func updateNpm(ctx context.Context, pckg *packages.Package) ([]newVersionToCommit, []version) {
        [...]
        newVersionsToCommit = doUpdateNpm(ctx, pckg, newNpmVersions)
        [...]
}

Then, updateNpm passes information about the new library version to doUpdateNpm function.

func doUpdateNpm(ctx context.Context, pckg *packages.Package, versions []npm.Version) []newVersionToCommit {
    [...]
    for _, version := range versions {
        [...]
        tarballDir := npm.DownloadTar(ctx, version.Tarball)
        filesToCopy := pckg.NpmFilesFrom(tarballDir)
        [...]
}

And doUpdateNpm passes the URL of .tgz file into npm.DownloadTar.

func DownloadTar(ctx context.Context, url string) string {
    dest, err := ioutil.TempDir("", "npmtarball")
    util.Check(err)

    util.Debugf(ctx, "download %s in %s", url, dest)

    resp, err := http.Get(url)
    util.Check(err)

    defer resp.Body.Close()

    util.Check(Untar(dest, resp.Body))
    return dest
}

Finally, pass the .tgz file obtained using http.Get to the Untar function.

func Untar(dst string, r io.Reader) error {
    gzr, err := gzip.NewReader(r)
    if err != nil {
        return err
    }
    defer gzr.Close()
    tr := tar.NewReader(gzr)
    for {
        header, err := tr.Next()
        [...]
        // the target location where the dir/file should be created
        target := filepath.Join(dst, removePackageDir(header.Name))
        [...]
        // check the file type
        switch header.Typeflag {
        [...]
        // if it's a file create it
        case tar.TypeReg:
            {
                [...]
                f, err := os.OpenFile(target, os.O_CREATE|os.O_RDWR, os.FileMode(header.Mode))
                [...]
                // copy over contents
                if _, err := io.Copy(f, tr); err != nil {
                    return err
                }
            }
        }
    }
}

As I guessed, compress/gzip and archive/tar were used in Untar function to extract .tgz file.
At first, I thought that it’s sanitizing the path in the removePackageDir function, but when I checked the contents of the function, I noticed that it’s just removing package/ from the path.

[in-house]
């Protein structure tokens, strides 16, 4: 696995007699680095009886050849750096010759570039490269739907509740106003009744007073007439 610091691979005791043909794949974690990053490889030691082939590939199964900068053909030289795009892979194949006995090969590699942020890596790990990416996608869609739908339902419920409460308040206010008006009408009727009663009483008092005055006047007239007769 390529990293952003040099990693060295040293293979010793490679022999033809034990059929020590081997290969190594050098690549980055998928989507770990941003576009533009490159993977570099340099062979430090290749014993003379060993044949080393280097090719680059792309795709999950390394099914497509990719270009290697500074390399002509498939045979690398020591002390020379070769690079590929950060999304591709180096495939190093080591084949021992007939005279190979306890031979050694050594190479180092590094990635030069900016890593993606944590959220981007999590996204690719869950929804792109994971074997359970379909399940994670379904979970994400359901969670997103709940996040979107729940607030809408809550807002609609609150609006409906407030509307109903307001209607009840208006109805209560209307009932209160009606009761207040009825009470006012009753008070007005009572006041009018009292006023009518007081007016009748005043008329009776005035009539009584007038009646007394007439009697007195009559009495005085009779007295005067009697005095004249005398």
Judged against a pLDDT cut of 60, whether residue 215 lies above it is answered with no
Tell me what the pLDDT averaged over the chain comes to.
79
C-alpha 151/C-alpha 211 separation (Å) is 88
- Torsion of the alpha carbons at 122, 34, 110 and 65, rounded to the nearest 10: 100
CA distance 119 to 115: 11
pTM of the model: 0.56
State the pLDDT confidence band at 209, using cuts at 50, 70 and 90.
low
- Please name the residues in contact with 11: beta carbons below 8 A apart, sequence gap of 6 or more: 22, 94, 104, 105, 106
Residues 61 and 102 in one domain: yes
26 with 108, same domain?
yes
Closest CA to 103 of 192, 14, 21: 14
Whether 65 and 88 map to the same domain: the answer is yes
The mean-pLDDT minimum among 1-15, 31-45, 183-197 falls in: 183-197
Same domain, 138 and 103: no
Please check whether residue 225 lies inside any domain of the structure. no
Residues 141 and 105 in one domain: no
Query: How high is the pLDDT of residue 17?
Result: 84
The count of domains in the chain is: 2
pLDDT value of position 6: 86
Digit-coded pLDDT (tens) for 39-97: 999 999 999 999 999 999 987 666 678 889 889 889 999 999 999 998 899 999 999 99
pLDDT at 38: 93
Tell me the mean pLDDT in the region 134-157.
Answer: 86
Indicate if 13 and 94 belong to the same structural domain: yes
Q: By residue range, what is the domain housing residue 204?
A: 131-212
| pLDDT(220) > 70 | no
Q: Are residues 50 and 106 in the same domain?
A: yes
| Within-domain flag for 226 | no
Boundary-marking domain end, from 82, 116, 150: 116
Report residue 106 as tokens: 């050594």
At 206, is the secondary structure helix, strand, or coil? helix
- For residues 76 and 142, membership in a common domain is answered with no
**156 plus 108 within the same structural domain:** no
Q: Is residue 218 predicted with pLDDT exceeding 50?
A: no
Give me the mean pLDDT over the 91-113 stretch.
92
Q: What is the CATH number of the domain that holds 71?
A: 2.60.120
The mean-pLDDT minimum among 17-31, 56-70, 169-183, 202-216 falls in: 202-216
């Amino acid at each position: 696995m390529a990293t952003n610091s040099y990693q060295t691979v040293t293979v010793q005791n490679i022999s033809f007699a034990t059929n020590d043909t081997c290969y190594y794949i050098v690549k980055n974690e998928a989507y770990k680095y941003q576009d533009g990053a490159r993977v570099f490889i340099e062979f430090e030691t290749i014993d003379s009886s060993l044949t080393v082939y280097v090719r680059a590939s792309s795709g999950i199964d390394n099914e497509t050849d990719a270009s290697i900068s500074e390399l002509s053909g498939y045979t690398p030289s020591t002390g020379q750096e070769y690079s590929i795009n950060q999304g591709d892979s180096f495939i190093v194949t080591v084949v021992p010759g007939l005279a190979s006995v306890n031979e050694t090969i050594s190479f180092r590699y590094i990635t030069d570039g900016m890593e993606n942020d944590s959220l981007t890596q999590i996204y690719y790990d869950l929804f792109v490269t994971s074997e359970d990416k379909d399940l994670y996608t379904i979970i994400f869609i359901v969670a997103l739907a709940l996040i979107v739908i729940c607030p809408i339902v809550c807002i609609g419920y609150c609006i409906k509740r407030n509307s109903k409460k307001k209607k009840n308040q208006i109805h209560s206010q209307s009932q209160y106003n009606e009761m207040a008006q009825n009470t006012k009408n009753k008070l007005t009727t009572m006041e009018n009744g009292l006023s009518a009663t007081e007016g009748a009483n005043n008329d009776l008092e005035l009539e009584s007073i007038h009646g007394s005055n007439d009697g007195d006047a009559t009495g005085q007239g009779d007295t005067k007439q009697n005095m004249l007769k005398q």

From these code snippets, I confirmed that arbitrary code can be executed after performing path traversal from the .tgz file published to npm and overwriting the script that is executed regularly on the server.

Demonstration of vulnerability

Because Cloudflare is running a vulnerability disclosure program on HackerOne, it’s likely that HackerOne’s triage team won’t forward the report to Cloudflare unless it indicates that the vulnerability is actually exploitable.
Therefore, I decided to do a demonstration to show that vulnerability can actually be exploited.

The attack procedure is as follows.

  1. Publish the .tgz file that contains the crafted filename to the npm registry.
  2. Wait for the cdnjs library update server to process the crafted .tgz file.
  3. The contents of the file that is published in step 1 are written into a regularly executed script file and arbitrary command is executed.

… and after writing the attack procedure into my notepad, for some reason, I started wondering how automatic updates based on the Git repository works.
So, I read codes a bit before demonstrating the vulnerability, and it seemed that the symlinks aren’t considered when copying files from the Git repository.

func MoveFile(sourcePath, destPath string) error {
	inputFile, err := os.Open(sourcePath)
	if err != nil {
		return fmt.Errorf("Couldn't open source file: %s", err)
	}
	outputFile, err := os.Create(destPath)
	if err != nil {
		inputFile.Close()
		return fmt.Errorf("Couldn't open dest file: %s", err)
	}
	defer outputFile.Close()
	_, err = io.Copy(outputFile, inputFile)
	inputFile.Close()
	if err != nil {
		return fmt.Errorf("Writing to output file failed: %s", err)
	}
	// The copy was successful, so now delete the original file
	err = os.Remove(sourcePath)
	if err != nil {
		return fmt.Errorf("Failed removing original file: %s", err)
	}
	return nil
}

As Git supports symbolic links by default, it may be possible to read arbitrary files from the cdnjs library update server by adding symlink into the Git repository.